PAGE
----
The chief executive of Iran’s Spec petrochemical company and his cronies were involved in a 6.656-billion-euro corruption case. This was reported by the state-run Asr-e Iran news website. This large amount of wealth equals all of Iran’s oil revenues collected in the 2019-2020 Persian calendar year.
Jalil Sobhani is the executive who has been named in this scandal, along with someone else who is not part of the regime who was detained concerning the criminal investigation into Akbar Tabari, the executive deputy of former chief of the judiciary, Sadegh Larijani. Tabari is allegedly so corrupt that whatever Sobhani is to be charged with, it will be far less than himself.
These huge amounts of money exchanging hands contrast markedly with the wealth of the ordinary Iranian, who struggles daily just to feed themselves and their families. It is mind-blowing watching these cases of corruption unfold while Iranians have to bear the brunt of galloping inflation and widespread poverty.
— People’s Mojahedin Organization of Iran (PMOI/MEK) (@Mojahedineng) June 15, 2020
Bread goes up in price amid corruption scandals
While wealth is being distributed amongst the few, the many have to deal with the out of control price of bread, a bare necessity because of the outrageous cost of yeast which has skyrocketed recently from 600,000 rials to 3,000,000 rials.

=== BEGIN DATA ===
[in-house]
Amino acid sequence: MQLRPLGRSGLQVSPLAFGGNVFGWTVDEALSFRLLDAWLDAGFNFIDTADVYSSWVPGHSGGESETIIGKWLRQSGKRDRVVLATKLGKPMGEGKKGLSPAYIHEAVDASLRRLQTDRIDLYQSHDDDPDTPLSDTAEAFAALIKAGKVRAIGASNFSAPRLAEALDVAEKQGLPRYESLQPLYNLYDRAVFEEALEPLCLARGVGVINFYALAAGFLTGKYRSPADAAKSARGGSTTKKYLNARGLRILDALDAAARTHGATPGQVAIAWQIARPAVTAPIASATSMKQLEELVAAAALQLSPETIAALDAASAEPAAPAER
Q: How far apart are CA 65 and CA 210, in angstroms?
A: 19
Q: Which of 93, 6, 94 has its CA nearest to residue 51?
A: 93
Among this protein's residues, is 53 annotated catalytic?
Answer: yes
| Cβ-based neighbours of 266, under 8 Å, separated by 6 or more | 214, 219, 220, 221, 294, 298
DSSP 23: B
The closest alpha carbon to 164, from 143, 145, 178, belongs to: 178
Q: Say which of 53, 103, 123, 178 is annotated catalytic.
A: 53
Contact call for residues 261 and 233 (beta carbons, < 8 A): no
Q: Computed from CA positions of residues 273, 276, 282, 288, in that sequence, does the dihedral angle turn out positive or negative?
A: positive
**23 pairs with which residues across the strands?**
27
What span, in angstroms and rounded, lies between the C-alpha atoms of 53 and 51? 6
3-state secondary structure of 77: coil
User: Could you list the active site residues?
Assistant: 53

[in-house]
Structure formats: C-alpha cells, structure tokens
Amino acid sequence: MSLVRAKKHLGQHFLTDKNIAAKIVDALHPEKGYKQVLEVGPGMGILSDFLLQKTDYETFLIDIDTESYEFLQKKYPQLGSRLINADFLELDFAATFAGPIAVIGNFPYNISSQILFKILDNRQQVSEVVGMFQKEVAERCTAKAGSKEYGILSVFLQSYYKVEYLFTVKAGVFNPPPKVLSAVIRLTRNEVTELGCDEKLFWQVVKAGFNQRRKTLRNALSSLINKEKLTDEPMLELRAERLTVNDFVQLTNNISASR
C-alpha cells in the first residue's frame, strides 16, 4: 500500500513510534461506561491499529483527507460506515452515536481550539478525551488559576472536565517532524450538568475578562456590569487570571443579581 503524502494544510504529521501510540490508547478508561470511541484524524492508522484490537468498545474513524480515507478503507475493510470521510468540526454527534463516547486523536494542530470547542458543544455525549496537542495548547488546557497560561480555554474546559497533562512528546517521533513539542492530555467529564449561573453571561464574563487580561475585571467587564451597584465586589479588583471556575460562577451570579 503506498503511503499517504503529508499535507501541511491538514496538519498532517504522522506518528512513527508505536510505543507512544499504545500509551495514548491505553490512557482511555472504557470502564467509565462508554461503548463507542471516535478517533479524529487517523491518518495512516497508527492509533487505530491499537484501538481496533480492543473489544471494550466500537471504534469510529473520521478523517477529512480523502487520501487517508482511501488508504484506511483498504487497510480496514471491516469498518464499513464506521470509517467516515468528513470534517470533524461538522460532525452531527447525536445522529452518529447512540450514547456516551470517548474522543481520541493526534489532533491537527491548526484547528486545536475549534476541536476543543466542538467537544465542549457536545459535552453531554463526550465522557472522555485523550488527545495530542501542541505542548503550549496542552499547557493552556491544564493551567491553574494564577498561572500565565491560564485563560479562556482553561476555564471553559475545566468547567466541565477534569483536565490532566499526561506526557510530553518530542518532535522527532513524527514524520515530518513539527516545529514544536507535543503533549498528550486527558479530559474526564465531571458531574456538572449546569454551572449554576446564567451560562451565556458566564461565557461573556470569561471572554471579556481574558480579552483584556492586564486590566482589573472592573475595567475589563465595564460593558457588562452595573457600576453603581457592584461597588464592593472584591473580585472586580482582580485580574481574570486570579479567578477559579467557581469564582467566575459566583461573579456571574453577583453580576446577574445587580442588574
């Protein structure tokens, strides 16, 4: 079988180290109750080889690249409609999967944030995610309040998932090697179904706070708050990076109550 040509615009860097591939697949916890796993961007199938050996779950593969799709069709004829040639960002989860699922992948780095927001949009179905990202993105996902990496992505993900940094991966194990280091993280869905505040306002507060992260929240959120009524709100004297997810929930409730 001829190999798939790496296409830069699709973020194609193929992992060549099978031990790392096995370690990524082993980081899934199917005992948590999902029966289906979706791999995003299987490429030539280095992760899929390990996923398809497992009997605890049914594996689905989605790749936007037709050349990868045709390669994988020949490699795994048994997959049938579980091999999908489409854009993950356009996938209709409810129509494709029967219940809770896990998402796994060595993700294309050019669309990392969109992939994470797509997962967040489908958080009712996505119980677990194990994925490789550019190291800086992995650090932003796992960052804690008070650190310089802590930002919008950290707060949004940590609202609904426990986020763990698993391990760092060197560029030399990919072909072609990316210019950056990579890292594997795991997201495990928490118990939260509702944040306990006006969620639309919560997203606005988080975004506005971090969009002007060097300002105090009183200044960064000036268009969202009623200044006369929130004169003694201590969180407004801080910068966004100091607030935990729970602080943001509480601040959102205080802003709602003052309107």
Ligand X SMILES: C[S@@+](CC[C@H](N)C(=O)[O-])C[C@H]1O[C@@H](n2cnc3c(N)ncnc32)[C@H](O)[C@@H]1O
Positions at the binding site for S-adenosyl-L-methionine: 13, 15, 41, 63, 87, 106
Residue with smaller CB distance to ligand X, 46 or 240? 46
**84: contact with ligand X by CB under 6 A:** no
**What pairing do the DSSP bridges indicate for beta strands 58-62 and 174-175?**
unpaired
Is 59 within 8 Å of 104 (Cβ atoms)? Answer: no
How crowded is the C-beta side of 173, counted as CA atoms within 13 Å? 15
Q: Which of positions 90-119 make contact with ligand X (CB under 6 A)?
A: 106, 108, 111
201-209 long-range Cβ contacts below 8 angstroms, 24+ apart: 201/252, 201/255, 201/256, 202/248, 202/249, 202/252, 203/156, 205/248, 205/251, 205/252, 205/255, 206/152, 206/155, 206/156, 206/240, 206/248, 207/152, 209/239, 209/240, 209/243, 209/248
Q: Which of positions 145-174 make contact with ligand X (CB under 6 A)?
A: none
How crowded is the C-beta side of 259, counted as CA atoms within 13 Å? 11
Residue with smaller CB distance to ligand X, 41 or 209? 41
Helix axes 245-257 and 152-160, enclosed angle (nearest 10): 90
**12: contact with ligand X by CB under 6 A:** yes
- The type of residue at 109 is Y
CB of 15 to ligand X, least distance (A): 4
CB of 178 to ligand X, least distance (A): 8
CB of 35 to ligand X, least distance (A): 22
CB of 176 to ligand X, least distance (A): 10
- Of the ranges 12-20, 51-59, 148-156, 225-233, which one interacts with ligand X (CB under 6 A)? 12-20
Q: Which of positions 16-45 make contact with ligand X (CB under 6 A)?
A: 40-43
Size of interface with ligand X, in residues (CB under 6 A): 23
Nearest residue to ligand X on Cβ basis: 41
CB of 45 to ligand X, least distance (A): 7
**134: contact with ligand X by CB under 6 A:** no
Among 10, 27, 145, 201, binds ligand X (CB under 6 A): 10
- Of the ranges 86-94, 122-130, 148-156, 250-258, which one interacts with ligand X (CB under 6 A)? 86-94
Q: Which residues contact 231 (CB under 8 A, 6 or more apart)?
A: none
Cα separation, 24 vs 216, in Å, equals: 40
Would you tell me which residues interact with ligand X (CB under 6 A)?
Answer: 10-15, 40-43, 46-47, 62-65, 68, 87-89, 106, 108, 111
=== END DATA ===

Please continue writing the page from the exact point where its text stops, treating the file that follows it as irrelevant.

Houses and home appliances have risen in price
Mohammad Eslami, the minister of transportation and construction, admits that rising costs are disturbing the nation’s peace. This includes housing and home appliances. Last Sunday, the state-run Jahan-e Sanat newspaper said that the government was responsible for these price rises because it had handed out permits allowing retailers to do so. This has made locally made goods up to 30 percent more expensive and goods manufactured overseas and smuggled in the country are experiencing a 100% rise in prices.
Diesel on the rise
Jahan-e Sanat also reported that diesel fuel may be the next product subject to a price rise. When this happened to petrol last November, a string of protests took place which brought out the Iranian regime’s most repressive crackdown. It led to the deaths of more than 1,500 protesters, while thousands more were imprisoned.
While the regime tries to fight off corruption or pretends it never happened, according to GholamrezaMesbahi Moghaddam, a member of the Expediency Council, two-thirds of the country’s population is on or below the poverty line due to mismanagement of the country’s wealth. The people aren’t going to put up with these hardships for much longer, especially as they see regime officials squandering the nation’s wealth in the absence of any records.
The MEK continually reported protests, truck drivers, factory workers, teachers, investors, and farmers have turned out to protest rocking inflation, reduced Iranian purchasing power, and unpaid wages.